How Are You Going to Pay for It?
Nature, Raymond Williams once said, is the most complex word in the English language. But I’ve come to think that “natural” mostly means “freely given.” Nature offers the “free services” on which human life depends. More generally, nature describes what we take for granted, what we expect to happen of its own accord. From “natural birth” to “natural beauty,” nature hides a lot of work done behind the scenes. As the scholar Merve Emre reminds us, “all reproduction, even reproduction that appears ‘natural,’ is assisted.” Emre is concerned with human reproduction, but it holds just as true for the reproduction of nature itself.
We can no longer take the reproduction of our world for granted, or assume that the work of nature will take place automatically. Reproducing life on Earth will require a great deal more assistance from us, in our simultaneously extraordinary and limited capacities as a single species on a planet of millions. It will also require a great deal more recognition of the assistance provided by all those other species. What the feminist theorist Sophie Lewis calls “full surrogacy” — a call to distribute labor more broadly, to cultivate reciprocal practices of kinship and care — is as applicable to our nonhuman relationships as to our human ones.
While we may be able to perform some work on nature’s behalf in order to stabilize our biosphere, however, the expense will be enormous. Indeed, the biggest barrier to developing substitutes for certain ecological services may turn out to be cost.
The ecologist John Avise observed that the true lesson of Biosphere 2 was an economic one. In the late twentieth century, economists had tried to estimate the value of Earth’s freely provided services, but had usually stumbled over the technical difficulties of doing so. Biosphere 2 made it possible to construct “a more explicit ledger,” Avise wrote. All told, it had cost over $150 million to keep eight humans alive for two years. As Avise pointed out, “if we were being charged, the total invoice for all Earthospherians would come to an astronomical three quintillion dollars for the current generation alone!” Replacing human labor with machines usually saves money. Replacing the work of nature with machines or human labor is the opposite: it makes what was free expensive.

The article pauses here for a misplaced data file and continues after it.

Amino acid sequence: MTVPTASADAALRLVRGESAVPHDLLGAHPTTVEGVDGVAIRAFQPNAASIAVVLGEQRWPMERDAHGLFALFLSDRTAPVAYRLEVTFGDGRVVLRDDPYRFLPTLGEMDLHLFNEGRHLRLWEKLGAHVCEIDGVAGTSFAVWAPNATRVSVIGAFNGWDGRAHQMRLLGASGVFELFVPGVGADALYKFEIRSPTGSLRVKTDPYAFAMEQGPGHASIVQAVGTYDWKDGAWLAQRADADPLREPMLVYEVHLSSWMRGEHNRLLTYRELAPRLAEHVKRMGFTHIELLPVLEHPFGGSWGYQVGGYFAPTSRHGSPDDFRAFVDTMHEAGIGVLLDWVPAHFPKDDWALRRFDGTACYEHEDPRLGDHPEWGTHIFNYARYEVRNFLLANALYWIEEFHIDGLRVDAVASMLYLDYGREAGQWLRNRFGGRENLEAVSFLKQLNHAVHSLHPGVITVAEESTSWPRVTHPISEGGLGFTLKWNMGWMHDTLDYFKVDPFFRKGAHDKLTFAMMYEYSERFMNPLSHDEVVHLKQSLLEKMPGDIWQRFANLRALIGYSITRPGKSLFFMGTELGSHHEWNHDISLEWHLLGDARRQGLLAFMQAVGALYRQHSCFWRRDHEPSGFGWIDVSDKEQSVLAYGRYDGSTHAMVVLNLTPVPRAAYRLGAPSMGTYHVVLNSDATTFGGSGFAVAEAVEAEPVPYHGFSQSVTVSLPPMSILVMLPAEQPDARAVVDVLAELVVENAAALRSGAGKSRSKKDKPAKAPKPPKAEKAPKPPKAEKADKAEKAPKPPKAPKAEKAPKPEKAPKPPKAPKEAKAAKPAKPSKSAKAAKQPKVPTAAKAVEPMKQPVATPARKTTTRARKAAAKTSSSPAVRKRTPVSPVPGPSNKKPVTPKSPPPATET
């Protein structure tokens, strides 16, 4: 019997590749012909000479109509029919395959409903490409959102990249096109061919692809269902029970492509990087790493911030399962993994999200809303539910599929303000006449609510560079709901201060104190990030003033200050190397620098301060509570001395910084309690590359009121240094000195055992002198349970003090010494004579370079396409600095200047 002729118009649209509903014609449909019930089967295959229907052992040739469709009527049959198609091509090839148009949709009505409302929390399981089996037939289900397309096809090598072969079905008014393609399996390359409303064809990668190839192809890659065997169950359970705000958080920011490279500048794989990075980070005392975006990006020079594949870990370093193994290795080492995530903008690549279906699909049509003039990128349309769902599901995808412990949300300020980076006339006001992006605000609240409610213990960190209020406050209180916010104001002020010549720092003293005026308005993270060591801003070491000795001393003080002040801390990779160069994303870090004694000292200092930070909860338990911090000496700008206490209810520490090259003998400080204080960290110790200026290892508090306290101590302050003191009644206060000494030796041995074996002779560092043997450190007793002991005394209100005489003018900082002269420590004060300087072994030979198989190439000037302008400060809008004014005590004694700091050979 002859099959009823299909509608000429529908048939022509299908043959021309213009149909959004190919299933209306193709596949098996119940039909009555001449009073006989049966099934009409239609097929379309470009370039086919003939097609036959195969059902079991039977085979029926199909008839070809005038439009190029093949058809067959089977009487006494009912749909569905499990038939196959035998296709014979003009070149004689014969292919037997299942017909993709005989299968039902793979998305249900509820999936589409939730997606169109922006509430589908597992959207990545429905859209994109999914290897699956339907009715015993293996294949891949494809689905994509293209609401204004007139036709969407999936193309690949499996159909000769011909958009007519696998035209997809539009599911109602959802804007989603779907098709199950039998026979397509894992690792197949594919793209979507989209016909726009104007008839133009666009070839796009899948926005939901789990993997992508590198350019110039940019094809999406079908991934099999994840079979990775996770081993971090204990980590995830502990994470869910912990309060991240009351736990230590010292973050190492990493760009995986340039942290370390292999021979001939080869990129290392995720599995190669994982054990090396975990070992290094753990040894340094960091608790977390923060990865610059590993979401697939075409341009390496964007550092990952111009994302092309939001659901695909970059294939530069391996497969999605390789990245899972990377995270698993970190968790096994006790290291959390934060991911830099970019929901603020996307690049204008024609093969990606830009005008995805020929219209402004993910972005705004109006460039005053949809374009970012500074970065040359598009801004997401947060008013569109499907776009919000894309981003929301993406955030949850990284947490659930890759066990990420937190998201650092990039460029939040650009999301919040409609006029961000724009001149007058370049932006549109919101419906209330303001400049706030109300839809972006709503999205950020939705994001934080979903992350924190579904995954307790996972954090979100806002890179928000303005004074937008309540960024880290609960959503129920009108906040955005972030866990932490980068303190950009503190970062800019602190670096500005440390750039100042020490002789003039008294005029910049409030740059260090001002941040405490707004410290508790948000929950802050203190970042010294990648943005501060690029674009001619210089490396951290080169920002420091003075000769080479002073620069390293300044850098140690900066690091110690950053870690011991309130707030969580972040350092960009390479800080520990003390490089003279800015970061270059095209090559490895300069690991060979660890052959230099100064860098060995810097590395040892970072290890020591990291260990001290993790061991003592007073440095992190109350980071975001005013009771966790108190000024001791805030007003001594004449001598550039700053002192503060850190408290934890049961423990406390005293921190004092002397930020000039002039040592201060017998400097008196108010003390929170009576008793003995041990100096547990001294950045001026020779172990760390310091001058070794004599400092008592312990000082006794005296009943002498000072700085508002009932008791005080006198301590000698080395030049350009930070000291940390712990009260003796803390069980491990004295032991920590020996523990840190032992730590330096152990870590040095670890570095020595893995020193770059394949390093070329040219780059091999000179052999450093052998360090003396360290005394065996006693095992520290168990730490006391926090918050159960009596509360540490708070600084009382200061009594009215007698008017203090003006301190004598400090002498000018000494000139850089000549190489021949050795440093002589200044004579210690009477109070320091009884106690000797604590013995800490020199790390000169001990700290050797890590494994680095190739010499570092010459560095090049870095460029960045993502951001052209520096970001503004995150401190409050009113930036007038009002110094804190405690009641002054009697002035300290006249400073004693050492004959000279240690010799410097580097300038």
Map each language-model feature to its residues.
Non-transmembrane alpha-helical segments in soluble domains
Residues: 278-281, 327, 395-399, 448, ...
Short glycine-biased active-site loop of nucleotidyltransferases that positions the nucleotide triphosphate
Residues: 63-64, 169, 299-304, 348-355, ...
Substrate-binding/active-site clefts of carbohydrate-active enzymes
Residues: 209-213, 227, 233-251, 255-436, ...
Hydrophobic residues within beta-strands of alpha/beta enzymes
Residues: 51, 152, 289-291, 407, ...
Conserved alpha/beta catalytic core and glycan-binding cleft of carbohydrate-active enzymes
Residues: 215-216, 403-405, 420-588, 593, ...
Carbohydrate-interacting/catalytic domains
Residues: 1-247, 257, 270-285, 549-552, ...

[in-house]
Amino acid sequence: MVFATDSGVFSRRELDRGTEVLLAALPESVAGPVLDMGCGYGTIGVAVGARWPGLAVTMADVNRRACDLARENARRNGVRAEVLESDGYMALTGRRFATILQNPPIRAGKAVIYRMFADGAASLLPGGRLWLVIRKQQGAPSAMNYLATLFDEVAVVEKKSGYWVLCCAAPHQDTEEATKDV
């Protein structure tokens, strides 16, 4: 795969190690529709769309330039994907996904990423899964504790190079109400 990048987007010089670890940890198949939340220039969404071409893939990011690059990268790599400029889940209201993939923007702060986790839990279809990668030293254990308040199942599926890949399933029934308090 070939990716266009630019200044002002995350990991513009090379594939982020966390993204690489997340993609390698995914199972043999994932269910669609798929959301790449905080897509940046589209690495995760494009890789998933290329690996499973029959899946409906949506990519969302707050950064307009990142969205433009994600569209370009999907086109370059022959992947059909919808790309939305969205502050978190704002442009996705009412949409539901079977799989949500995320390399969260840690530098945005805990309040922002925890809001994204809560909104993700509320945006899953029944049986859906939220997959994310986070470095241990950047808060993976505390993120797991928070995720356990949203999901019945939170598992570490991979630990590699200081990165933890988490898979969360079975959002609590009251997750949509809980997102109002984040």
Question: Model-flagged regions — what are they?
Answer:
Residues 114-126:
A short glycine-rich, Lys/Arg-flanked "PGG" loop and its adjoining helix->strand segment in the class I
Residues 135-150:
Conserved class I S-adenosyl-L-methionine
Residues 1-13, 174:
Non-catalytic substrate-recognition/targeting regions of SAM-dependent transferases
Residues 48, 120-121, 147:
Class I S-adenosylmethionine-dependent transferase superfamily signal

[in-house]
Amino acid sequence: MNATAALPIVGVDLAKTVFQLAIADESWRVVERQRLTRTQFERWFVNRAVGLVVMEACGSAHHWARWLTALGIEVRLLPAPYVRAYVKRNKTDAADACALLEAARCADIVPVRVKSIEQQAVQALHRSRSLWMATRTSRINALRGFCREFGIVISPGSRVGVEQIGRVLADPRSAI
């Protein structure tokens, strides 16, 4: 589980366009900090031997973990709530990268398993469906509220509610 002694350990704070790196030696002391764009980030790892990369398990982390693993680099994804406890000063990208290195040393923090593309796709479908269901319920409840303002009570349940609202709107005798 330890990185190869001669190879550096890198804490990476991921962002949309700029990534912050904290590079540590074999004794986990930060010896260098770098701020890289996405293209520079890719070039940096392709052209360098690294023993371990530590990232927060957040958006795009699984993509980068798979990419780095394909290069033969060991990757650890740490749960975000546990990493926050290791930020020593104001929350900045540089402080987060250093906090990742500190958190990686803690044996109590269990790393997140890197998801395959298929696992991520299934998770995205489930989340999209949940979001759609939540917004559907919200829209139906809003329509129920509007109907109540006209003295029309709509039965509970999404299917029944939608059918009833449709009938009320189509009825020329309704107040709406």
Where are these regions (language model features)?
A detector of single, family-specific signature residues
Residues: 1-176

This means that substitution is rarely economical. In China’s Hanyuan County, for example, where pesticides have wiped out many bee colonies, human workers have subbed in, using feather dusters to pollinate pear trees by hand. But human pollination is only viable in Hanyuan because it’s cheaper than renting beehives. In a system (capitalism) that aims to keep costs down above all else, the cost of human labor has to be approaching zero for it to compete with nature’s gifts.
So as we ask who, or what, will do the work of nature, we should also ask another question: Who will pay for it? Earthly survival will require new ways of organizing not only our social and technological relationships, but our economic ones. As Biosphere 2 demonstrates, filling in for the work of nature is unlikely to be a profitable enterprise. Capitalism is unlikely to pay the extra costs. The question of what can replace it may be the biggest substitution problem of all.